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Millennial educators Arun Puracken (pictured above, left) and Yan Yii (right) may be young and shiny but they’re already savvy political campaigners. NEA EdJustice caught up with them this week fresh from their mock campaign wins as NEA President and Executive Committee member at NEA’s minority and women’s leadership training. They told us they were there to gain the experience and skills they’ll need for the challenges ahead. Here’s what they had to say about public education, power brokers, and political nominee Betsy DeVos.
Do you have an urgent message for your fellow educators in the current political climate?
Yan: Everyone needs to speak up—to take action and not be complacent. We cannot remain silent on the issues that matter, like education, constitutional rights, women’s rights, and health care. If you haven’t already, check out Lily Eskelsen Garcia’s blog to stay up to date on issues affecting our students.
Arun: And don’t forget to stay active in your local school board races—campaign, knock on doors, volunteer, just get out there.
As early career educators, how do you feel about the prospect of Betsy DeVos as your Secretary of Education?
Arun: When this election campaign started, it was like “Must See TV.” Now it’s real. We need a strong Association and confident educators to stand up to people like Betsy DeVos want to dismantle our public education system.
What’s the most recent social justice issue that’s moved you to action?
Yan: The Muslim ban. We are a country built on people being able to escape persecution. It concerns me that we are potentially repeating history and not learning from it. The Muslim registry idea is so reminiscent of the Holocaust, I wonder how long it will be until we are repeating the Japanese internment camps. How can we allow the actions of a few to justify labeling an entire group of people?
Name three top needs for today’s students and school communities.
Arun: Equitable opportunities and resources—I don’t understand why one public school wouldn’t have the same basic fundamental necessities as another public school. Also effective instruction for a modern age—we’ve got to figure out how to reach and teach our students in 2017. And cultural responsiveness—you don’t have to grow up in the community in which you’re teaching to be an effective educator. You just have to believe your students want to learn and be willing to alter your instruction to meet them where they are.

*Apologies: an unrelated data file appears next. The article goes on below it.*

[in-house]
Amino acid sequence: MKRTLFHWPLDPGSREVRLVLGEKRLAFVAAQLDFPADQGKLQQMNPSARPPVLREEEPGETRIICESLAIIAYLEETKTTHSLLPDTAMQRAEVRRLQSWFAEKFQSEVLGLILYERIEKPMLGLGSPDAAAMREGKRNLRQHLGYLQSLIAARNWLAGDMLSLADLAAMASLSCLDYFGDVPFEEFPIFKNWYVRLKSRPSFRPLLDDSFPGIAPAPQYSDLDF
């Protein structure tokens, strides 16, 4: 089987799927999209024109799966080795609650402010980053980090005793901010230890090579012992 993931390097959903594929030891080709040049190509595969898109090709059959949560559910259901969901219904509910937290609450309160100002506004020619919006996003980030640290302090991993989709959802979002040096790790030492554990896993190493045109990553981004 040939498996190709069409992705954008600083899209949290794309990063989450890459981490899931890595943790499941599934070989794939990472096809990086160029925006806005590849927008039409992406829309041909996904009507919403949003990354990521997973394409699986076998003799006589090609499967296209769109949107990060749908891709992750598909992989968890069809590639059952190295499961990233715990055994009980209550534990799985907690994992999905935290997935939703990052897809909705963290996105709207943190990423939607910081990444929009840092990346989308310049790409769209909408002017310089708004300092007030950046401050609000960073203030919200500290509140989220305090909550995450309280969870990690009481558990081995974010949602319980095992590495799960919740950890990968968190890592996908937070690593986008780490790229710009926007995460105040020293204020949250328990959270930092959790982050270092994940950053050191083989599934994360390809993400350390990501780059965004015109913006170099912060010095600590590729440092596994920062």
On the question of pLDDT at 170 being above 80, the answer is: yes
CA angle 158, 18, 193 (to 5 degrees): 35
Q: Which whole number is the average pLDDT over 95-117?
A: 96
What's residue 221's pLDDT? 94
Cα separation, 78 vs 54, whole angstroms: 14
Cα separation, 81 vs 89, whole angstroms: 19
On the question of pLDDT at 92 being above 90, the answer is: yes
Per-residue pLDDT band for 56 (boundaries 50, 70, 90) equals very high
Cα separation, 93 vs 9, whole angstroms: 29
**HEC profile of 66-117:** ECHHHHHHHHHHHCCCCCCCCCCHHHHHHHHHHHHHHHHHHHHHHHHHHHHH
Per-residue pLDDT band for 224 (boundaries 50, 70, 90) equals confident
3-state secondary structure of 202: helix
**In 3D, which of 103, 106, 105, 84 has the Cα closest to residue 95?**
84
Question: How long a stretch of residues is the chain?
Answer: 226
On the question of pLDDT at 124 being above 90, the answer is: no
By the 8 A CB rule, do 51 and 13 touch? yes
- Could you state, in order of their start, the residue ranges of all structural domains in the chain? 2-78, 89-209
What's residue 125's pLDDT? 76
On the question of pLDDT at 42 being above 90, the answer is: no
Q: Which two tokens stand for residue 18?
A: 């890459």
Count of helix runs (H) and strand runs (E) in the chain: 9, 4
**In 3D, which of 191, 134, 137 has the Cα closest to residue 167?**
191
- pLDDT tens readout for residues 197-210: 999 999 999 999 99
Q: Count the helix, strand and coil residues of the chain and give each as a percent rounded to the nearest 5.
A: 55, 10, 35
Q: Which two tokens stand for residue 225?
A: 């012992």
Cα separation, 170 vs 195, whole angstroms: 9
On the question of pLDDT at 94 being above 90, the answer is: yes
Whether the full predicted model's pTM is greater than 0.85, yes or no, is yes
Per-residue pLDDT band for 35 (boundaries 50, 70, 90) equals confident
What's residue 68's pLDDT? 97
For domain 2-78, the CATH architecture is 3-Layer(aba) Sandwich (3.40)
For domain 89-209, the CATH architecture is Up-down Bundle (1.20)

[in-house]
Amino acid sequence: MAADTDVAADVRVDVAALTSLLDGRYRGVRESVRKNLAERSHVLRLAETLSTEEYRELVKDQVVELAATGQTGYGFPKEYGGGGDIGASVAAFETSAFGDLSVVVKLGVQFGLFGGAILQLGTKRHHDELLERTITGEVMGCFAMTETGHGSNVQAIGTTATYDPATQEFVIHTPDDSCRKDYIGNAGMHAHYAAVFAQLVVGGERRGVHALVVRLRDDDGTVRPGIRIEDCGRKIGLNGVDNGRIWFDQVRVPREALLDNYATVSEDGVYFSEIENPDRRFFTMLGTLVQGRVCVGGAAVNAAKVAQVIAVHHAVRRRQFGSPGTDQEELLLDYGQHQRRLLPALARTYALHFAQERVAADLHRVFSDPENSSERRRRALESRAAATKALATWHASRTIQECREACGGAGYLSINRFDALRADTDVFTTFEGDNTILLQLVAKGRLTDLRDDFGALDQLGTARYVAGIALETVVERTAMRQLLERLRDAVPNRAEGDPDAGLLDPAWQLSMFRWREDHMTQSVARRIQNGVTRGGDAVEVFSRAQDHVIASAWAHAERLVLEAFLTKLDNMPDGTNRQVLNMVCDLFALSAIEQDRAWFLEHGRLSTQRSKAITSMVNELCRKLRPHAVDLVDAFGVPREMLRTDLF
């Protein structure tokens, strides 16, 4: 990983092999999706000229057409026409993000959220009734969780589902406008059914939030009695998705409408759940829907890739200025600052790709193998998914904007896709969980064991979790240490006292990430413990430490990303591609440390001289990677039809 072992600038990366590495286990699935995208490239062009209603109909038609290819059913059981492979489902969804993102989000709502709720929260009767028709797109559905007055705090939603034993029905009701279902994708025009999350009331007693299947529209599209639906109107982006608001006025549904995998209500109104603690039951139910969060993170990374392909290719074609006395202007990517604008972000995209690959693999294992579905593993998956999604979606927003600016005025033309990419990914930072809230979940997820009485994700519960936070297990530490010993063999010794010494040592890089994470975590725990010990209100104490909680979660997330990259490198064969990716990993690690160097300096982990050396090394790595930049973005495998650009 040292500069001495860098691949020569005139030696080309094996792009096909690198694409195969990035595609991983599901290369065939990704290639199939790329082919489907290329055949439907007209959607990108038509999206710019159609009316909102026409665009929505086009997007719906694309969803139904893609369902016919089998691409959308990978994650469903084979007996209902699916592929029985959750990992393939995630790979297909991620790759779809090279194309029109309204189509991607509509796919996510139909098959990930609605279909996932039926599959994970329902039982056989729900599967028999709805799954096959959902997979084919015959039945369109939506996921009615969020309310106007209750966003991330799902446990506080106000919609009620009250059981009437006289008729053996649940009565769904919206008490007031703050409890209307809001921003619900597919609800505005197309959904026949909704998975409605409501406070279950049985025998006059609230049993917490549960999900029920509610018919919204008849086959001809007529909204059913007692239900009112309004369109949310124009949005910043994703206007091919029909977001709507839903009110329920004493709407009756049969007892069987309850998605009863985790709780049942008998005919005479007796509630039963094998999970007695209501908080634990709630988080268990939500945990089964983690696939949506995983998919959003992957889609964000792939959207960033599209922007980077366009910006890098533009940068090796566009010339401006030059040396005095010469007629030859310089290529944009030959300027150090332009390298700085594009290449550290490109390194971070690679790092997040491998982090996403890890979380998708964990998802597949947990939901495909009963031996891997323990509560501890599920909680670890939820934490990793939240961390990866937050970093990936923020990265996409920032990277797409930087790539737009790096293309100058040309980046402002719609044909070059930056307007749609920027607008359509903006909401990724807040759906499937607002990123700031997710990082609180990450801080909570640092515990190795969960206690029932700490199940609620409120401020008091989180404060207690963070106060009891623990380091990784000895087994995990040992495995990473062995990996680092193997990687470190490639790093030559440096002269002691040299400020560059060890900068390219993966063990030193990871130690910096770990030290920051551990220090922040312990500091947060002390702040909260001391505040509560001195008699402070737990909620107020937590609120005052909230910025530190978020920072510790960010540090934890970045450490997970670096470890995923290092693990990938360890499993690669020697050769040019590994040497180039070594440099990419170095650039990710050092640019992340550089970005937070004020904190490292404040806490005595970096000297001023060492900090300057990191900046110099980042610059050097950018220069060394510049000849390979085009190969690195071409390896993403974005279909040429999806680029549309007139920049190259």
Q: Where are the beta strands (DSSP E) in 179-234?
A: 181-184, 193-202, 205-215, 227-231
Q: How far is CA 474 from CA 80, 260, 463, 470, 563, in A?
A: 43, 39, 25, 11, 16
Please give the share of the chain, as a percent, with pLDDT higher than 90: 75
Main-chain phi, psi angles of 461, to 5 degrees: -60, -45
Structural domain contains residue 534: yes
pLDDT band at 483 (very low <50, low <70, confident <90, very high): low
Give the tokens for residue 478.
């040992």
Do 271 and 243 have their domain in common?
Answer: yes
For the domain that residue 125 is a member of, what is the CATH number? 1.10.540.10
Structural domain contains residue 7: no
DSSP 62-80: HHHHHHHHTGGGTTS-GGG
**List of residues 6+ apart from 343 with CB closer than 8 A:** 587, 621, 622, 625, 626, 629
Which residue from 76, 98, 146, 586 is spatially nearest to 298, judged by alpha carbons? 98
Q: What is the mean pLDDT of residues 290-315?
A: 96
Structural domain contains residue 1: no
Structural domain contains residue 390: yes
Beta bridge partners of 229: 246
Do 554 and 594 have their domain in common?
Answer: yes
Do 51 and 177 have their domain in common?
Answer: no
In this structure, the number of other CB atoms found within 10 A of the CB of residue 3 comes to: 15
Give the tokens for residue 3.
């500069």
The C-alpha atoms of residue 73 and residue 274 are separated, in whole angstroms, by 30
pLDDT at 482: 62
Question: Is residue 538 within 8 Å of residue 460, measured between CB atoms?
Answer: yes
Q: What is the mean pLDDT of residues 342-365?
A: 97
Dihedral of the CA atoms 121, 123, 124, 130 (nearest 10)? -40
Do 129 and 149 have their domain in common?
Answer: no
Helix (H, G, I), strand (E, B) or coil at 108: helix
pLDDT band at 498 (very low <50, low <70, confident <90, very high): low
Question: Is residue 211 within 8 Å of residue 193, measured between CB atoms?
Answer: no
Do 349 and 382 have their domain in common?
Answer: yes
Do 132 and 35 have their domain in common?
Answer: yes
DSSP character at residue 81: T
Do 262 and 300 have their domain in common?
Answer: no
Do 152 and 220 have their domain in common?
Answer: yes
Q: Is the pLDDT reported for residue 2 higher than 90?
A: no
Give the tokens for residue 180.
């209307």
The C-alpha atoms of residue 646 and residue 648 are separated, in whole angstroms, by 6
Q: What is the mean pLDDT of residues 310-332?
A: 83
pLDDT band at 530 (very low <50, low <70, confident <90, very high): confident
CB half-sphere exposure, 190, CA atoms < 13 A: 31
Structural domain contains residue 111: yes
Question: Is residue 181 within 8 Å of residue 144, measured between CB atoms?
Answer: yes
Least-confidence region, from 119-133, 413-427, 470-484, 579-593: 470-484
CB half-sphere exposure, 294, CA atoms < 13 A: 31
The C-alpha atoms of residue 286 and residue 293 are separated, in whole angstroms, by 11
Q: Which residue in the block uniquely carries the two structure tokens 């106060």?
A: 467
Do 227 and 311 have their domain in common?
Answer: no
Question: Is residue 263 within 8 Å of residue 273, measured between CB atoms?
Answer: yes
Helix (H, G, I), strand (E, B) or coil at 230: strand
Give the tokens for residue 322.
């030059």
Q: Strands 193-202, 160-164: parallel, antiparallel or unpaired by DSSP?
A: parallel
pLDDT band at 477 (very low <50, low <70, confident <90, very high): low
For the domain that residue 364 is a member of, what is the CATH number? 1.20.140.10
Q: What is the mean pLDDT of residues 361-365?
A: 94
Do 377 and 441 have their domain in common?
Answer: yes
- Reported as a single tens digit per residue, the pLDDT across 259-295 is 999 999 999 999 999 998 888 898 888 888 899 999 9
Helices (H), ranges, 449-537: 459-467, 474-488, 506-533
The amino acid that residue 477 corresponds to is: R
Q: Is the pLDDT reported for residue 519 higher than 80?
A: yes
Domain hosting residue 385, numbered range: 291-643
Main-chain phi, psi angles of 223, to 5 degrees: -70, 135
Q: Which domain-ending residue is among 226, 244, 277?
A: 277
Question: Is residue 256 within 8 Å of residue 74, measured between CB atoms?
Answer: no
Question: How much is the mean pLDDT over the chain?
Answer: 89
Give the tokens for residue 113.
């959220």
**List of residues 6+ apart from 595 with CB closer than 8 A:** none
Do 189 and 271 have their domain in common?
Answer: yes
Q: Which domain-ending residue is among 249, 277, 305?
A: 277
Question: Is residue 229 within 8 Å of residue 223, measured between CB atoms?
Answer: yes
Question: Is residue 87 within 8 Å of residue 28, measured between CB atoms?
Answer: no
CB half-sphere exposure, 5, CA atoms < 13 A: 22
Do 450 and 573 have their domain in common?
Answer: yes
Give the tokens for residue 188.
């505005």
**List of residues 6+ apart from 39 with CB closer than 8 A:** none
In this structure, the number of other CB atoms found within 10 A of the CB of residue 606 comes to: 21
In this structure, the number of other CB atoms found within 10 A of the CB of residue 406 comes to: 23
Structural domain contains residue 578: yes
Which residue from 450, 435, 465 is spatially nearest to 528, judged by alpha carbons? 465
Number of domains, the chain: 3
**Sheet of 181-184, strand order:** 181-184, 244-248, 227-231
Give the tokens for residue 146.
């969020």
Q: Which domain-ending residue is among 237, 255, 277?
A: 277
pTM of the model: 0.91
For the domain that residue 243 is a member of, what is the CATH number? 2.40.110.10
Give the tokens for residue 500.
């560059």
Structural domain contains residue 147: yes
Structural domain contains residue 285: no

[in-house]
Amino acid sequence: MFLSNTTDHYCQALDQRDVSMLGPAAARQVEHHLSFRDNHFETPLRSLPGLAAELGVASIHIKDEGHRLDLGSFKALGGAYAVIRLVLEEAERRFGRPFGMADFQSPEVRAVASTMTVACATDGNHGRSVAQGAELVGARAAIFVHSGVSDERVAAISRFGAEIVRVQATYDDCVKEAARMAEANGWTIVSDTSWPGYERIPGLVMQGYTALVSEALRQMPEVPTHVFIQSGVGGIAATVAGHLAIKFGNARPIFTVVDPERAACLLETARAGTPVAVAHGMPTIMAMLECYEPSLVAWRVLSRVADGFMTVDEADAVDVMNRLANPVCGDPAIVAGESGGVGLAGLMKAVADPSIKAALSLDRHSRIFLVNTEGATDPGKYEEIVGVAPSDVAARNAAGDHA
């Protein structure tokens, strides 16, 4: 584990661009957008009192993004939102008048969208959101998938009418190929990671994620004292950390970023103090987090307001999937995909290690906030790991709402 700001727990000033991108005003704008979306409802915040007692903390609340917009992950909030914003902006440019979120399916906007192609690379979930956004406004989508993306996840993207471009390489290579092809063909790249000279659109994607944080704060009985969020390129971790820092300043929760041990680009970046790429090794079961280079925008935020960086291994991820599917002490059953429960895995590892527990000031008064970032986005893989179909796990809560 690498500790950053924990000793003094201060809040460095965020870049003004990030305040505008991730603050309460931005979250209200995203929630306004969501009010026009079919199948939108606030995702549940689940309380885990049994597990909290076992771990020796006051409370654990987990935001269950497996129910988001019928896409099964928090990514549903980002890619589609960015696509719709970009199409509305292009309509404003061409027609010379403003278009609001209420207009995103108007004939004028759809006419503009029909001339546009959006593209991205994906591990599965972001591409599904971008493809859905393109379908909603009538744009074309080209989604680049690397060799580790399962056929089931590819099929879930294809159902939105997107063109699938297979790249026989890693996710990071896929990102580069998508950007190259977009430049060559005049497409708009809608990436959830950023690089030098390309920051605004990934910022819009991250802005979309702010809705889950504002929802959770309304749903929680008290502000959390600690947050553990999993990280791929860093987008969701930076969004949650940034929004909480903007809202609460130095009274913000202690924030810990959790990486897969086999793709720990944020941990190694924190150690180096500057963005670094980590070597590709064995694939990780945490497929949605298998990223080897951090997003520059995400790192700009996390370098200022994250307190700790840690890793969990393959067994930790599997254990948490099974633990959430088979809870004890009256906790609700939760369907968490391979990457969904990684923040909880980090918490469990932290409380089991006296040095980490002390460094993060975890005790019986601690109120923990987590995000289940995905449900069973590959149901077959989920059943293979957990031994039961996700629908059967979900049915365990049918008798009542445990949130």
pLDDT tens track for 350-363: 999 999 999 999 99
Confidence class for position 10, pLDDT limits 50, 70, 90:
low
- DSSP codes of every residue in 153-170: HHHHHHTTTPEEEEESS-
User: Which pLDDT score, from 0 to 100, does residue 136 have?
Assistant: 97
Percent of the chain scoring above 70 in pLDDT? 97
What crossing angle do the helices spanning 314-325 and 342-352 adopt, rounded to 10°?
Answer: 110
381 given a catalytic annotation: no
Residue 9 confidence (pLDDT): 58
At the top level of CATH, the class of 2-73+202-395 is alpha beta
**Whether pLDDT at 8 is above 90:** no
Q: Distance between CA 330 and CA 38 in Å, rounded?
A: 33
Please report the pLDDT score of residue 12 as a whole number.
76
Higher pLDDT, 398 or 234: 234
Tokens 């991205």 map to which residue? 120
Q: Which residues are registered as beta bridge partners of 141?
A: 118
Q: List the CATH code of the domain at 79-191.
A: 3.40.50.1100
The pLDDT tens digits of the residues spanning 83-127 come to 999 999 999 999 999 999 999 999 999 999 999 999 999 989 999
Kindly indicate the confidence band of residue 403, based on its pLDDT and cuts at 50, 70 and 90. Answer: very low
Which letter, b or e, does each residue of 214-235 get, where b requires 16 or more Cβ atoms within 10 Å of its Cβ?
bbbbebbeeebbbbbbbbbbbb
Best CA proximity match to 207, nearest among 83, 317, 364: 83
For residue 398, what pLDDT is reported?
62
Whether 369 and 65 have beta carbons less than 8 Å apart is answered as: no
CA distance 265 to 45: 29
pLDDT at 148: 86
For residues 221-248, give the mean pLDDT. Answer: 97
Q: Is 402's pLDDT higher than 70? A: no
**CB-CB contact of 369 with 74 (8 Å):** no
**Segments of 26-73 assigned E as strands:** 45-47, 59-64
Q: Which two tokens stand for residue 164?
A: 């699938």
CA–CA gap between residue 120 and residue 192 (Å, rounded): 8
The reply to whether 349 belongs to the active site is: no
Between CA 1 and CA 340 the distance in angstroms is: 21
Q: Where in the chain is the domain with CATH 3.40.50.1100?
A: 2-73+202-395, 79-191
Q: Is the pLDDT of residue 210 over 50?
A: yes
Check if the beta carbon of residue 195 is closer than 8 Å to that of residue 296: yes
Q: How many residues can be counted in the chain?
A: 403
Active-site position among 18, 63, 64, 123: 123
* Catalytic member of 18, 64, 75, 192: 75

What would you like to say to all the decision makers who impact public education?
Yan: Please take a minute to think about the students. So much of education has come down to money and business people have forgotten that education is supposed to be about ensuring individual students get what they need.
Arun: The answers are in the classroom—they have to listen to educators, not just to themselves. There are great teachers everywhere you go. I don’t care if you’re going into the most challenging communities, you’ll see teachers who leave their blood, sweat, and tears in the classroom. They’re there for the right reasons, and they need your support.
Arun Puracken is a middle school social studies teacher in Prince George’s County, Maryland, and chair of his school’s social studies department. Yan Yii is an elementary school teacher in Canton, Massachusetts, and chair of her state association’s ethnic minority affairs committee.
This article is a great example of why public education is failing: Teachers are more concerned with “social justice” than actually teaching their students what they need to be successful. Spend some time talking with students from a public high school today and it is all about politics, spreading the fear and hate and the victim culture. We, as parents, must do more to stop the NEAs grip on our schools.
Good lord! I must have missed it. When was there a Muslim ban put in place?
Without Public Education we would be a third world country. Let’s build great public schools using tax money and do not give it to private schools and vouchers. Keep up the pressure!!